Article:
Love is a myth. It's a fairy tale. It's used to control and make money. IT DOES NOT EXIST.
"Is uniformity attainable? Millions of innocent men, women and children, since the introduction of Christianity, have been burnt, tortured, fined, imprisoned; yet we have not advanced an inch towards uniformity. What has been the effect of coercion? To make one half the world fools, and the other half hypocrites. To support roguery and error all over the earth." --- Thomas Jefferson, from "Notes on Virginia"
Originally posted by wylekat
reply to post by nomorecruelty
I did that, and Jesus has used me like a roll of TP. I just watched someone who prayed for a couple months get something, and 20 YEARS. 2 decades. Of prayer by me nets NOTHING but pain. Same Jesus, same Bible. DIFF results. I went to sleep last night SCREAMING about this. Why is your 'loving' God such an asshole?
The word God has become empty of meaning through thousands of years of misuse. I use it sometimes, but I do so sparingly. By misuse, I mean that people who have never even glimpsed the realm of the sacred, the infinite vastness behind that word, use it with great conviction, as if they knew what they are talking about. Or they argue against it, as if they knew what it is they are denying. This misuse give rise to absurd beliefs, assertions and egoic delusions, such as "My or our God is the only true God, and your God is false," *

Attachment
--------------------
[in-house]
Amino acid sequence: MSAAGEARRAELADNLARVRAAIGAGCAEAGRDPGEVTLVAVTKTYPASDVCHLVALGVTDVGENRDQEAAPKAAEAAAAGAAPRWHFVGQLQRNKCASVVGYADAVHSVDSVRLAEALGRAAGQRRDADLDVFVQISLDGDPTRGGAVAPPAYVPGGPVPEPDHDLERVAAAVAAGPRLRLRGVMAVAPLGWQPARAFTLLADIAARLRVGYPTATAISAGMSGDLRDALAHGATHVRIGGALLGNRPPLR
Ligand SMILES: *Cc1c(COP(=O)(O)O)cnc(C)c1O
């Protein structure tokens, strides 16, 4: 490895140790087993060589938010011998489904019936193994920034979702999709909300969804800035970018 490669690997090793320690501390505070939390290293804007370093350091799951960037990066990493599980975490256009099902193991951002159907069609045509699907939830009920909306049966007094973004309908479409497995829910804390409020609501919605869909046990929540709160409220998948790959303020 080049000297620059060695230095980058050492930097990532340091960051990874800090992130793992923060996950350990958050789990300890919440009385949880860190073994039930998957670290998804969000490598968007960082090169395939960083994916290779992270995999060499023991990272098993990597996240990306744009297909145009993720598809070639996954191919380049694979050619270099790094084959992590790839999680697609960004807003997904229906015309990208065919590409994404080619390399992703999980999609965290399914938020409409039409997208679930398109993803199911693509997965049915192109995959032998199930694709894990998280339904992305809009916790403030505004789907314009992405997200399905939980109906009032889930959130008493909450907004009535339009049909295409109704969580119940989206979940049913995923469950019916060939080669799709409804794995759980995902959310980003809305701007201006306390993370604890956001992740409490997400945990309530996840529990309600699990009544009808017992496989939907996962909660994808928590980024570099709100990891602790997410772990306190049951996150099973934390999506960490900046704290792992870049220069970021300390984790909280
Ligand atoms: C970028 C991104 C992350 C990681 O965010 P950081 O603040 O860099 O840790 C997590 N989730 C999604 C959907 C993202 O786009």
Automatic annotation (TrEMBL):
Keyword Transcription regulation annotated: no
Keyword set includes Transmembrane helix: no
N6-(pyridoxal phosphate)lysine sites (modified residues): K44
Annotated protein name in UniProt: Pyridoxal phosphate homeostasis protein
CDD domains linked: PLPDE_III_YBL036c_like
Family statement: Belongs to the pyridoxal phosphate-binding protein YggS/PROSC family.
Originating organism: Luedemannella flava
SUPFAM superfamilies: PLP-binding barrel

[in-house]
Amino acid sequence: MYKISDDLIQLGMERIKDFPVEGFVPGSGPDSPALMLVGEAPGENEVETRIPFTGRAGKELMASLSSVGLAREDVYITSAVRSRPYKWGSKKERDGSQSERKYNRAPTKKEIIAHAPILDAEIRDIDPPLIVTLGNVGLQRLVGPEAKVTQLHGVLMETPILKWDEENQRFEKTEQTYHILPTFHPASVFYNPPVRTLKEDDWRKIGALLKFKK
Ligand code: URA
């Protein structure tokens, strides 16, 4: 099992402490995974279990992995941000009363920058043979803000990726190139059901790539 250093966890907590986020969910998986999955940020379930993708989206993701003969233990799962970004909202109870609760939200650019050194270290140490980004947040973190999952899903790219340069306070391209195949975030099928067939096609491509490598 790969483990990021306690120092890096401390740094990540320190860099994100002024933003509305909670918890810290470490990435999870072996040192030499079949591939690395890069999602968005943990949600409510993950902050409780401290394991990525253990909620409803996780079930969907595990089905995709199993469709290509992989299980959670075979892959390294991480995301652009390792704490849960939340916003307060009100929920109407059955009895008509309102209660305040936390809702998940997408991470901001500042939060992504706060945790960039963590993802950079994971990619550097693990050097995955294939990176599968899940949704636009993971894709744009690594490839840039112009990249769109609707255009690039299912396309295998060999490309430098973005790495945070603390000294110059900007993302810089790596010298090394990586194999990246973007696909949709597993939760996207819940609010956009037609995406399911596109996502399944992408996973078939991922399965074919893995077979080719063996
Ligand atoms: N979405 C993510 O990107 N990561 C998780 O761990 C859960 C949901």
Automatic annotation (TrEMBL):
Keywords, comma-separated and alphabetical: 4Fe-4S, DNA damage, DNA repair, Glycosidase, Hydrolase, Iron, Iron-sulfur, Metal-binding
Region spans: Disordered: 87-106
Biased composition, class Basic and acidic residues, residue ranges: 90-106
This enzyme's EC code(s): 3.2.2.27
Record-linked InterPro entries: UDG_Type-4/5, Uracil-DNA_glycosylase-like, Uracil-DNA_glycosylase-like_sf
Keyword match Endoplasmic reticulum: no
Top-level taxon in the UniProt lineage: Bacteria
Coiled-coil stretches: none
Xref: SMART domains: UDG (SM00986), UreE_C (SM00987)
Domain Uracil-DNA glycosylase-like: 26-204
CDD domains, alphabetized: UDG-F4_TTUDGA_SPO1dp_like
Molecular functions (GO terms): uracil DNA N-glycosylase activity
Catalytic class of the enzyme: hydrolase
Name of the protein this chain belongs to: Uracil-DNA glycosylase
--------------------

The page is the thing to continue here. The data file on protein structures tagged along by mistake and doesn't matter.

Originally posted by nomorecruelty
reply to post by wylekat
I disagree - I believe it does exist - however, "love" isn't going to save anyone from the world and satan.
You can 'love' all you want but that is only part of it.
I have a friend that honestly believes that all she needs to get into Heaven is the verse John 3:16. I asked her about whether she had actually received salvation - her reply was "That's not important - all I have to do is remember John 3:16"
It's eye opening, yet sad, at all of the deception out in this world today. Bottom line, your works, or just 'being good' won't get you to Heaven. You have to receive Jesus Christ as your Lord and Savior.
Originally posted by IntastellaBurst
... If u guys were born in iraq you'd be suicide bombers, .... the only real sheep are the ones who follow a doctrine without question, .... who cling blindly to a faith instead of living by their own experience.
... its almost funny, ... but mostly sad. It's like living in a cave, and claiming the sky is red.